A Bradford doctor last night renewed his warning about the district’s “silent disease” after a report said the number of people suffering from liver disease was rising in England while decreasing in other European countries.

The UK’s chief medical officer Professor Dame Sally Davies said that obesity, undiagnosed hepatitis infections and harmful alcohol use are among the causes for the rising tide of disease.

She said the public needed to have a better awareness about liver health as the three major causes of liver disease are all preventable.

Dame Sally’s comments echo those of Dr Sulleman Moreea, a consultant gastroenterologist at Bradford Teaching Hospitals NHS Foundation Trust who warned earlier this year that Bradford faces an “explosion” of people suffering from liver disease in the next ten years.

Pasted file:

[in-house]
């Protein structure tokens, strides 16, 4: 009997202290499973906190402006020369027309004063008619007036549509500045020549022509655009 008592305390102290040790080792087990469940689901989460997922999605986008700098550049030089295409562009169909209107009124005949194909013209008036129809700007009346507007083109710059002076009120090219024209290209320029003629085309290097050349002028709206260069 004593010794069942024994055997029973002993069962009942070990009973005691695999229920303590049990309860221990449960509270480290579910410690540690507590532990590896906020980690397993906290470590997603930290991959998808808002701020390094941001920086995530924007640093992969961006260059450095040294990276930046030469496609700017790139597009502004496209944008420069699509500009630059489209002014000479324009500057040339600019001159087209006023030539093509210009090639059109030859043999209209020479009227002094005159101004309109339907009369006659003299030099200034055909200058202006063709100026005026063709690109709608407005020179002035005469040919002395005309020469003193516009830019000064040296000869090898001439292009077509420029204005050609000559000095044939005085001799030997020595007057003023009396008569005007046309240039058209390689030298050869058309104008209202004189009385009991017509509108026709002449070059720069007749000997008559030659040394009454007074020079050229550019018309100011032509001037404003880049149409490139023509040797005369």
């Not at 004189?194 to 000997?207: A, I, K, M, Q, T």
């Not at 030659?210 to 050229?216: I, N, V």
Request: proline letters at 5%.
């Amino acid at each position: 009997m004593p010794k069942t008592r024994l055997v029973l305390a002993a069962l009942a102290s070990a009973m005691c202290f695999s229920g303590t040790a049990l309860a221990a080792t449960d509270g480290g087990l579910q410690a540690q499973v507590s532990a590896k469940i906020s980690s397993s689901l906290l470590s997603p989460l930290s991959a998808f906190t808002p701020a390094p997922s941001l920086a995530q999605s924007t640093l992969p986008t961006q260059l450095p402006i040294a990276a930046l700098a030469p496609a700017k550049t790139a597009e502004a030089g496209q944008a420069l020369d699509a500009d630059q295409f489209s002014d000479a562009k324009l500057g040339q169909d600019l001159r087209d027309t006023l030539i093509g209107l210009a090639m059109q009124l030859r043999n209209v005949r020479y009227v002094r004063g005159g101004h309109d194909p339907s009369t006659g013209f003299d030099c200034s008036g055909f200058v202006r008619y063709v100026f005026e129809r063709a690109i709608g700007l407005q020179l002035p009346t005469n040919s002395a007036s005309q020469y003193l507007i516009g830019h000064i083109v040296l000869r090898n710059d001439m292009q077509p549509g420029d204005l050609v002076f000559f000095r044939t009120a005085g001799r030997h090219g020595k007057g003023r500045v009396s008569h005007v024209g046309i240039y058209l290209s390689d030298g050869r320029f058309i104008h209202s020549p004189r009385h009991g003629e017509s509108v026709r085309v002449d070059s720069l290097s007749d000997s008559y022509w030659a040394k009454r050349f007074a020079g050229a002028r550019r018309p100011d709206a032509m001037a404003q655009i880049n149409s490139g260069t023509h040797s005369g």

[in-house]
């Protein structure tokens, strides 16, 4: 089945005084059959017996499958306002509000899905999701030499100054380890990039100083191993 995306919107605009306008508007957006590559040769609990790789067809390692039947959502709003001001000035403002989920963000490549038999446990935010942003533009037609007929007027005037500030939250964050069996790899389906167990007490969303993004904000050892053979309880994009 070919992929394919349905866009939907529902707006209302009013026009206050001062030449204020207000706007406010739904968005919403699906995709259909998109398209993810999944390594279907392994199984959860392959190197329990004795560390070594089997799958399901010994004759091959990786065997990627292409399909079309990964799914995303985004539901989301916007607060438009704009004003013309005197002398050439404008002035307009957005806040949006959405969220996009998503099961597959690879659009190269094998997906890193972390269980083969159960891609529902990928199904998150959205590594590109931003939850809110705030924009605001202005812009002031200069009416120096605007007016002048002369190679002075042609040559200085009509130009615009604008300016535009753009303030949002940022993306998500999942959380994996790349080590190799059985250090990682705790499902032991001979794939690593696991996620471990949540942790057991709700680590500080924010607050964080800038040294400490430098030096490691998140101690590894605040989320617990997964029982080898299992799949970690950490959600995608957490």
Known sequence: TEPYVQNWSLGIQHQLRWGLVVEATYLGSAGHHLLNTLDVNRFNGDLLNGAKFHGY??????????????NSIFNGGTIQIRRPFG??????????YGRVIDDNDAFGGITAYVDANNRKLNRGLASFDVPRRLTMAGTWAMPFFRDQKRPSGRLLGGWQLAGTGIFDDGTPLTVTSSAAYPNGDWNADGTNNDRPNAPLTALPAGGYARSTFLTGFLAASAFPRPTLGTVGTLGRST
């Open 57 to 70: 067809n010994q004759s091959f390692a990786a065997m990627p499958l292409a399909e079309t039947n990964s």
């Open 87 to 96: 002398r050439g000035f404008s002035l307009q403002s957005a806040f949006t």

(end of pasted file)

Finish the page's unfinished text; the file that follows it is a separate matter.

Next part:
Between 2000 and 2009, deaths from chronic liver disease and cirrhosis in the under 65s increased by about a fifth while they fell by the same amount in most EU countries, according the report published yesterday by the chief medical officer.

Dr Moreea said while people were aware of the dangers of alcohol, more people needed to be aware of other causes of liver disease.

“There is a silent disease out there – hepatitis B and C,” he said. “When I started work in Bradford in 2004 I had 100 patients with hepatitis B and 150 patients with hepatitis C on our books. Today there are 650 patients with hepatitis B and 850 patients with hepatitis C. We keep treating large numbers of patients every year.”

Dame Sally added: “This is the only major cause of preventable death that is on the increase in England that is generally falling in other comparable European nations. We must act to change this.”

There are six adult patients in the Bradford district waiting for a new liver, up from three in July, 2010.